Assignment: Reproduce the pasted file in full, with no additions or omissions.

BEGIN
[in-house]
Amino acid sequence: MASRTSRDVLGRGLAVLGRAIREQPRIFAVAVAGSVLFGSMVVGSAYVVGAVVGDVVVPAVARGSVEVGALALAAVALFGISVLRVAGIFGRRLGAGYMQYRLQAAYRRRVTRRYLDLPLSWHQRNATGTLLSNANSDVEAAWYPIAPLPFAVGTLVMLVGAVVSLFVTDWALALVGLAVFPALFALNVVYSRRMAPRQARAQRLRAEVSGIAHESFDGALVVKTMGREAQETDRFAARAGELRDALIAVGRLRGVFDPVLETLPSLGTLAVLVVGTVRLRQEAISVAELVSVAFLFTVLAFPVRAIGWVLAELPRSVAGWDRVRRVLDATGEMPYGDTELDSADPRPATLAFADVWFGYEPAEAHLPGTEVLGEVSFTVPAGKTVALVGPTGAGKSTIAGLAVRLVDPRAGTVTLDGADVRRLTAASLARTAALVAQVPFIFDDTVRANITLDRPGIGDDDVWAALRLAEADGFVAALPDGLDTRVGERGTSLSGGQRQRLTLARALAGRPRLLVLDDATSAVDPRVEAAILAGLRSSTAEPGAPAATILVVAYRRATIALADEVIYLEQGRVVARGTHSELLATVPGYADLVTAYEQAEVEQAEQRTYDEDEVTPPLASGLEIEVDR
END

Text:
[in-house]
Amino acid sequence: MASRTSRDVLGRGLAVLGRAIREQPRIFAVAVAGSVLFGSMVVGSAYVVGAVVGDVVVPAVARGSVEVGALALAAVALFGISVLRVAGIFGRRLGAGYMQYRLQAAYRRRVTRRYLDLPLSWHQRNATGTLLSNANSDVEAAWYPIAPLPFAVGTLVMLVGAVVSLFVTDWALALVGLAVFPALFALNVVYSRRMAPRQARAQRLRAEVSGIAHESFDGALVVKTMGREAQETDRFAARAGELRDALIAVGRLRGVFDPVLETLPSLGTLAVLVVGTVRLRQEAISVAELVSVAFLFTVLAFPVRAIGWVLAELPRSVAGWDRVRRVLDATGEMPYGDTELDSADPRPATLAFADVWFGYEPAEAHLPGTEVLGEVSFTVPAGKTVALVGPTGAGKSTIAGLAVRLVDPRAGTVTLDGADVRRLTAASLARTAALVAQVPFIFDDTVRANITLDRPGIGDDDVWAALRLAEADGFVAALPDGLDTRVGERGTSLSGGQRQRLTLARALAGRPRLLVLDDATSAVDPRVEAAILAGLRSSTAEPGAPAATILVVAYRRATIALADEVIYLEQGRVVARGTHSELLATVPGYADLVTAYEQAEVEQAEQRTYDEDEVTPPLASGLEIEVDR